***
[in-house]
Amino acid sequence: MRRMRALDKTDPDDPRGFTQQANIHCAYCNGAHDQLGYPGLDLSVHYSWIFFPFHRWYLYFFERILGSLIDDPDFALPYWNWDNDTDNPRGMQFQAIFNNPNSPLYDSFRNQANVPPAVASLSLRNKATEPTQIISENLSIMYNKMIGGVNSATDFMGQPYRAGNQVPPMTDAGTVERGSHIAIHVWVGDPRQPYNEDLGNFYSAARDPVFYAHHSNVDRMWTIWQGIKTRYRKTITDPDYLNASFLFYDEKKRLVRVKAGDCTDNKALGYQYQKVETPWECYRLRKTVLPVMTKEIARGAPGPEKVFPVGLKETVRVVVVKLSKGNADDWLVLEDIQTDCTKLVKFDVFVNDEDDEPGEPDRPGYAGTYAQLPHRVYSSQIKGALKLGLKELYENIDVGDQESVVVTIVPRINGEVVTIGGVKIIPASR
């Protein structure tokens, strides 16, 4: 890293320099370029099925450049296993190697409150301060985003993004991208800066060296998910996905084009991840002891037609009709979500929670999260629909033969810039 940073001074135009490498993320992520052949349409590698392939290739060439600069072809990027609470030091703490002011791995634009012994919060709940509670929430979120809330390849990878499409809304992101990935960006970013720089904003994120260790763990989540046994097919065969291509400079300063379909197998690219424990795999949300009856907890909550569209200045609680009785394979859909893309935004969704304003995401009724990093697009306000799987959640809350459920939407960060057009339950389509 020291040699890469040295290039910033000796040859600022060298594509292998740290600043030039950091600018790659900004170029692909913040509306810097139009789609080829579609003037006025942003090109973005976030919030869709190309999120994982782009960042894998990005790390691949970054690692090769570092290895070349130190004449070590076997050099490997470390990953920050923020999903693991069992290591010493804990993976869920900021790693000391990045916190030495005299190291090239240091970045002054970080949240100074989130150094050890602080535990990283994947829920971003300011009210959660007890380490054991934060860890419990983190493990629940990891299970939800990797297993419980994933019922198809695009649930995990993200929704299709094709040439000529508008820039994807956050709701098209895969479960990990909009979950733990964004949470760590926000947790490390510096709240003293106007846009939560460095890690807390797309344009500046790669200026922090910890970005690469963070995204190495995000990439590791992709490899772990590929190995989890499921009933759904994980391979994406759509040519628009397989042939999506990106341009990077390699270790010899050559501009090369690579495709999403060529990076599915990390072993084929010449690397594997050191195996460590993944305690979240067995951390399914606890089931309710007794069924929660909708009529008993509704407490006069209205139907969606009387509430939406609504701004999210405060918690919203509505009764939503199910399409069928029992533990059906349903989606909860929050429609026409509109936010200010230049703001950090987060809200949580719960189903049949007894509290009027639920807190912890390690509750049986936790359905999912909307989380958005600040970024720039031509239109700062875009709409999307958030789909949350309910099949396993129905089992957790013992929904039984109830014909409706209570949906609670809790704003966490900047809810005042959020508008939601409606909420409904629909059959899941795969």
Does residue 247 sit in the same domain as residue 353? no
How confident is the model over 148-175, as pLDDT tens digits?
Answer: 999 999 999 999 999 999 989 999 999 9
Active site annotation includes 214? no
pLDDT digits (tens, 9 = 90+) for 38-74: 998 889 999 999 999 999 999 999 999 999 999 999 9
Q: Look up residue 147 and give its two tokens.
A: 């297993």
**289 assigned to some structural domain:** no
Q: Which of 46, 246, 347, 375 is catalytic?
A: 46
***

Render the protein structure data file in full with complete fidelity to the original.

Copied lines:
[in-house]
Amino acid sequence: MRRMRALDKTDPDDPRGFTQQANIHCAYCNGAHDQLGYPGLDLSVHYSWIFFPFHRWYLYFFERILGSLIDDPDFALPYWNWDNDTDNPRGMQFQAIFNNPNSPLYDSFRNQANVPPAVASLSLRNKATEPTQIISENLSIMYNKMIGGVNSATDFMGQPYRAGNQVPPMTDAGTVERGSHIAIHVWVGDPRQPYNEDLGNFYSAARDPVFYAHHSNVDRMWTIWQGIKTRYRKTITDPDYLNASFLFYDEKKRLVRVKAGDCTDNKALGYQYQKVETPWECYRLRKTVLPVMTKEIARGAPGPEKVFPVGLKETVRVVVVKLSKGNADDWLVLEDIQTDCTKLVKFDVFVNDEDDEPGEPDRPGYAGTYAQLPHRVYSSQIKGALKLGLKELYENIDVGDQESVVVTIVPRINGEVVTIGGVKIIPASR
């Protein structure tokens, strides 16, 4: 890293320099370029099925450049296993190697409150301060985003993004991208800066060296998910996905084009991840002891037609009709979500929670999260629909033969810039 940073001074135009490498993320992520052949349409590698392939290739060439600069072809990027609470030091703490002011791995634009012994919060709940509670929430979120809330390849990878499409809304992101990935960006970013720089904003994120260790763990989540046994097919065969291509400079300063379909197998690219424990795999949300009856907890909550569209200045609680009785394979859909893309935004969704304003995401009724990093697009306000799987959640809350459920939407960060057009339950389509 020291040699890469040295290039910033000796040859600022060298594509292998740290600043030039950091600018790659900004170029692909913040509306810097139009789609080829579609003037006025942003090109973005976030919030869709190309999120994982782009960042894998990005790390691949970054690692090769570092290895070349130190004449070590076997050099490997470390990953920050923020999903693991069992290591010493804990993976869920900021790693000391990045916190030495005299190291090239240091970045002054970080949240100074989130150094050890602080535990990283994947829920971003300011009210959660007890380490054991934060860890419990983190493990629940990891299970939800990797297993419980994933019922198809695009649930995990993200929704299709094709040439000529508008820039994807956050709701098209895969479960990990909009979950733990964004949470760590926000947790490390510096709240003293106007846009939560460095890690807390797309344009500046790669200026922090910890970005690469963070995204190495995000990439590791992709490899772990590929190995989890499921009933759904994980391979994406759509040519628009397989042939999506990106341009990077390699270790010899050559501009090369690579495709999403060529990076599915990390072993084929010449690397594997050191195996460590993944305690979240067995951390399914606890089931309710007794069924929660909708009529008993509704407490006069209205139907969606009387509430939406609504701004999210405060918690919203509505009764939503199910399409069928029992533990059906349903989606909860929050429609026409509109936010200010230049703001950090987060809200949580719960189903049949007894509290009027639920807190912890390690509750049986936790359905999912909307989380958005600040970024720039031509239109700062875009709409999307958030789909949350309910099949396993129905089992957790013992929904039984109830014909409706209570949906609670809790704003966490900047809810005042959020508008939601409606909420409904629909059959899941795969």
Does residue 247 sit in the same domain as residue 353? no
How confident is the model over 148-175, as pLDDT tens digits?
Answer: 999 999 999 999 999 999 989 999 999 9
Active site annotation includes 214? no
pLDDT digits (tens, 9 = 90+) for 38-74: 998 889 999 999 999 999 999 999 999 999 999 999 9
Q: Look up residue 147 and give its two tokens.
A: 């297993």
**289 assigned to some structural domain:** no
Q: Which of 46, 246, 347, 375 is catalytic?
A: 46